OneHenHungerJune 30: The Red Bicycle

TheRedBicyclePlayGroup

July 7: Mimi’s Village

Mimi's Village Play Group

July 14: Planet Ark 

PlanetArkPlayGroup

Serve Projects: 

Bringing donations is completely optional! Even if you are unable to participate in the donation part of the service project, still come out to the play group! We’ll learn together and have fun. We want everyone to feel welcome. Click on the printable PDFs to see what we are gathering for each week.

A few ideas:

  • When shopping for donations for Holland Rescue Mission and Community Action House involve your kids. It’s a great opportunity to talk to them about needs families might have and what items can be a support and encouragement.
  • When bringing $1.00 donation for Shot@Life, World Vision, and World Renew encourage your kids to earn the money by doing a small job around the house, helping will feel even more meaningful to them.

 

Want to learn more about the organizations we are supporting? 

Holland Rescue Mission

Community Action House

Shot@Life

World Vision

World Renew 

All our stories are donated by Citizen Kid Books.  

 

We can’t wait to see you this summer! 

Questions? 

Email: Lisa Van Engen at aboutproximity@gmail.com 

 

 

 

36 Hope Expands: Little White Lights

36hopeexpands

Little white lights make everything better. I hope you all had a wonderful Thanksgiving break for those who celebrate. I know I am so very thankful for all the wonderful people in my life, especially all of you. We had turkey and cheesecake. I scored a few presents on Black Friday with the spectacular team of my Dad, Mom and Ellie. Kris and I saw Mockingjay, and we finished up with some Sunday puking, because what’s a holiday without someone barfing? Best of all the little white lights are up.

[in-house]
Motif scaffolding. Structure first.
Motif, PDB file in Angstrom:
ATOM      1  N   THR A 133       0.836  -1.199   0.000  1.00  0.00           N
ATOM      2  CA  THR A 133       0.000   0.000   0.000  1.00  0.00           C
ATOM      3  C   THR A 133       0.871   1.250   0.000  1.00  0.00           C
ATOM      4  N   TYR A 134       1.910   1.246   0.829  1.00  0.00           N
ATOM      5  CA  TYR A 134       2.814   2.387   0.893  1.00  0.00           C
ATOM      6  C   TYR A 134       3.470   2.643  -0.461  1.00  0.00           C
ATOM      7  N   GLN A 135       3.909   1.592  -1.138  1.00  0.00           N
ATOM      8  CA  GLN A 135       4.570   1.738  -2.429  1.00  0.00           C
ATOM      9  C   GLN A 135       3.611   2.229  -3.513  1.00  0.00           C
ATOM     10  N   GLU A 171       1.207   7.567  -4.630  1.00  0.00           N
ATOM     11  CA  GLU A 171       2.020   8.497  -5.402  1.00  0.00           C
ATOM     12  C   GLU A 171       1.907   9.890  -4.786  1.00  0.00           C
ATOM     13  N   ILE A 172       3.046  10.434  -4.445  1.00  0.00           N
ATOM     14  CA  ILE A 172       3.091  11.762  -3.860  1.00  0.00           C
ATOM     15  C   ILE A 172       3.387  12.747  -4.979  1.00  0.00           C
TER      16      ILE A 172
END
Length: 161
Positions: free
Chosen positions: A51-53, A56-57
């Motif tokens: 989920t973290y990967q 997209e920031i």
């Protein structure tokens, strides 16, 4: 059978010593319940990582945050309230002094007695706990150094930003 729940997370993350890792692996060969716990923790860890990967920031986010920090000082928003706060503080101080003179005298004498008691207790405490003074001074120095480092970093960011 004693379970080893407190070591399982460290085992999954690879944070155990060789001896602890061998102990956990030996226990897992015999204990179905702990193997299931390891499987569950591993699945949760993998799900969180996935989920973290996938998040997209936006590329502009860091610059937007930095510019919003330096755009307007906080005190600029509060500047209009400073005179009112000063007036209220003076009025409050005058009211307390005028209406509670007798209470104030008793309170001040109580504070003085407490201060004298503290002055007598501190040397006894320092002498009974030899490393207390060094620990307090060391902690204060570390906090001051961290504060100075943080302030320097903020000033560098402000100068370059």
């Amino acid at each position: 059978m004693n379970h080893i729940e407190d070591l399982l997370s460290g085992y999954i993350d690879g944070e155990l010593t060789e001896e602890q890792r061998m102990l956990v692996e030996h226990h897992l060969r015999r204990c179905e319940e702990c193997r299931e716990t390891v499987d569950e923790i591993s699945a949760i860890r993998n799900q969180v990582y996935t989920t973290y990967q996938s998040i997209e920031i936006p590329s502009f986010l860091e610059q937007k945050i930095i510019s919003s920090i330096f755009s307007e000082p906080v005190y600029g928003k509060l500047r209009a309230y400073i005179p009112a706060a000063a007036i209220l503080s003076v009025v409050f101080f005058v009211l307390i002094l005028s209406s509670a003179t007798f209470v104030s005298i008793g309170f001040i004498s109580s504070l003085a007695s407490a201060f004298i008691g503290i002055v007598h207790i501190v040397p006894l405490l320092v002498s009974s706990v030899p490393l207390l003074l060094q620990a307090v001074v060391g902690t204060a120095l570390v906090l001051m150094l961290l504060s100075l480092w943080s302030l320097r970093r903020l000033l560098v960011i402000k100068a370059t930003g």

givingThe new expanding hope ideas:

  • Have you heard of AmazonSmile? Amazon donates 0.5% of the price of your eligible AmazonSmile purchases to the charitable organization of your choice. Just log into your regular account and they take you through the simple steps. I was so excited to find World Renew the organization Kris works for. Our percentage will go to support their work!
  • I’ve seen Better World Books donation sites in parking lots around my area. When this business was featured in A Path AppearsI definitely wanted to learn more. You donate books which are then bought from the Better World Books on-line store. A portion of every sale goes to world literacy. Over 15 million books have been donated to non-profits, they support grants, and also recycle the books unable to be sold. Read more about their impact here. I’ll be going through our stacks this season!
  • Elf on the Shelf kind of creeped us out last year and I’m really bad at remembering to do it. I also saw on Pinterest an idea for giving elves, or something really beautiful and perfect like that. Our family variation: the kids like the concept of finding the elf. So I have a plan of what to do with him each day, but he will also have a note sharing with us an act of kindness we need to complete. (Will we succeed everyday, or will I remember? No because we are not a pinteresty sort, but we are going to try!)